I believe this theory almost completely leaves the Lord out of it. It is up to us to get it done in prayer and faith? Is He that passive in our lives? Even worse, if healing comes, who will get the glory? Often we are more impressed with the great prayers than the Great God Who hears our prayers!

So Now I Give You 3 Recommendations:

1. To Christians

Pray! Pour out your heart to your listening and caring God if you find yourself in need of healing. Walk with Him till you can hear His voice whether He says He will heal you or that like Paul He has another plan. He wants you in “the fellowship of suffering” and He wants to show off His grace in you by proving in a cynical, dying world that His strength is made perfect in weakness and that it makes all the difference.

2. To Pastors and Influential Christians

Measure your words carefully. What you offer as help may be throwing the weight of the world on one already so heavily loaded down. Make sure your statements are truly theologically correct too. To say that God always heals those for pray in faith enough, though it may give some momentary cheer early on, is but an emotional and spiritual time bomb that will later blow up and wreak havoc all around.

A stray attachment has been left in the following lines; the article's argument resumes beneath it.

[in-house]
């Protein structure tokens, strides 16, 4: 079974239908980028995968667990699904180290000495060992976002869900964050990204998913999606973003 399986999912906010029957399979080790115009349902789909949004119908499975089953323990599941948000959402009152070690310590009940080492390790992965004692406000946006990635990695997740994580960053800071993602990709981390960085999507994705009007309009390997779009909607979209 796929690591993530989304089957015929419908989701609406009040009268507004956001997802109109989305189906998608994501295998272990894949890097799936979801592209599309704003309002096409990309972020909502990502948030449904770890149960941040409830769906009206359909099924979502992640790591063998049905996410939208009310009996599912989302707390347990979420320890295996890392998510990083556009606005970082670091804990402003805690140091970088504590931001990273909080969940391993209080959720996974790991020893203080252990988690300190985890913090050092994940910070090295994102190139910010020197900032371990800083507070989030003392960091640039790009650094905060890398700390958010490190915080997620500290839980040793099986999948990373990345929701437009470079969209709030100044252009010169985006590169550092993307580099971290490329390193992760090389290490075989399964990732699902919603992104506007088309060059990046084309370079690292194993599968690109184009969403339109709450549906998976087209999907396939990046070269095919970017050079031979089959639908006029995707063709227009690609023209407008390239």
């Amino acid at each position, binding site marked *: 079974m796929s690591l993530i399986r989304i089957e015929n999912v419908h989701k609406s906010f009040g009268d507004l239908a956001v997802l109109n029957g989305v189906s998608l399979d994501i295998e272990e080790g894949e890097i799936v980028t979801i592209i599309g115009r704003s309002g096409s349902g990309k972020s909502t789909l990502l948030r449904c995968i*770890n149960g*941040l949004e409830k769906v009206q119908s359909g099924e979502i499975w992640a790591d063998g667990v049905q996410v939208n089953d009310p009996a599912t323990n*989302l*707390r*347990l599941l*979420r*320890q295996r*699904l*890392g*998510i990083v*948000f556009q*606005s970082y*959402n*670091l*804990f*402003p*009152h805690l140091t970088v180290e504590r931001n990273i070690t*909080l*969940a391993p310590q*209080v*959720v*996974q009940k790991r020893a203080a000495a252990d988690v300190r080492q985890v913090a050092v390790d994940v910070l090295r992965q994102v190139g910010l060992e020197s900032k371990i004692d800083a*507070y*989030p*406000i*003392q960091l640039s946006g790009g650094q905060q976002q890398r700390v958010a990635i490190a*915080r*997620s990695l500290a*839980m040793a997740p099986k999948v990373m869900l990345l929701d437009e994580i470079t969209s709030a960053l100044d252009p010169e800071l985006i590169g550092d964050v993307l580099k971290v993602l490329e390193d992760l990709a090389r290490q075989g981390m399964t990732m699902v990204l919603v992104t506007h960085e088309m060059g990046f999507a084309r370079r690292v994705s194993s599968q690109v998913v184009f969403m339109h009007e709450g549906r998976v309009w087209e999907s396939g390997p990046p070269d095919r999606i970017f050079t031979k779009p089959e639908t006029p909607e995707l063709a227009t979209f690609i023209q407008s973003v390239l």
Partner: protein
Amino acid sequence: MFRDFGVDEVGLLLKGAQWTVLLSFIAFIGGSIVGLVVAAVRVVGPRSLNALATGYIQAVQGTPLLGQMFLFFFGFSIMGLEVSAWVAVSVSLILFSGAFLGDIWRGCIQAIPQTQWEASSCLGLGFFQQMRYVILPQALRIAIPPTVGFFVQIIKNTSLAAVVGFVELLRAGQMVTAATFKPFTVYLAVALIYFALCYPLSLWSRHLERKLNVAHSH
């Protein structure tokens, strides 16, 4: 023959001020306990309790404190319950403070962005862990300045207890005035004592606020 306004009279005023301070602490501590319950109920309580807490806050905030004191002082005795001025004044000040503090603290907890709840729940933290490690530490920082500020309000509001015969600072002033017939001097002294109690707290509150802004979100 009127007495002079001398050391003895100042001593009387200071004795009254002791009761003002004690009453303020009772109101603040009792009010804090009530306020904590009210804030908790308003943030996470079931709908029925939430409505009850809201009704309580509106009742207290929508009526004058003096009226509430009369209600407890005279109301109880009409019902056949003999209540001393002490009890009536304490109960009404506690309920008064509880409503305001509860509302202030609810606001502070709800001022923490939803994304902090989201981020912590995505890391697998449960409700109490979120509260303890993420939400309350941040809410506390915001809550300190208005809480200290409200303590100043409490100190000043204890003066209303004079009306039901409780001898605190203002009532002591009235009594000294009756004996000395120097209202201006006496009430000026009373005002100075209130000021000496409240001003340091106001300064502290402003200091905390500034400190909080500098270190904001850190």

3. To Those Whose Healing Has Not Come

Don’t judge yourself by the words of other’s questionable theology, but by the actual words of God. The Lord has a mighty plan for you. Stay close to The Lord. If you take hold of His grace in your suffering you may find that we able-bodied ones, including the ones who make you feel spiritually inferior, may have to tip our hats to you when the rewards in Heaven are passed out. You may be about to soar spiritually if you but respond in faith. Forgive the personal word, but my dear wife whose healing did not come is twice the woman of faith than she was before. Just remember, the Lord knows the rest of us so desperately need you. Hold your head up high!

Link to my wife’s post mentioned above:

We Didn’t Get Healed…Or Did We?

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He Said The Right Thing

I really was touched by my Sweetheart writing this blog. She has written much on disability, but this was just a snapshot of moments that happen. I never even knew she was having a difficult moment. That is just the kind of person she is. Still, these things are real.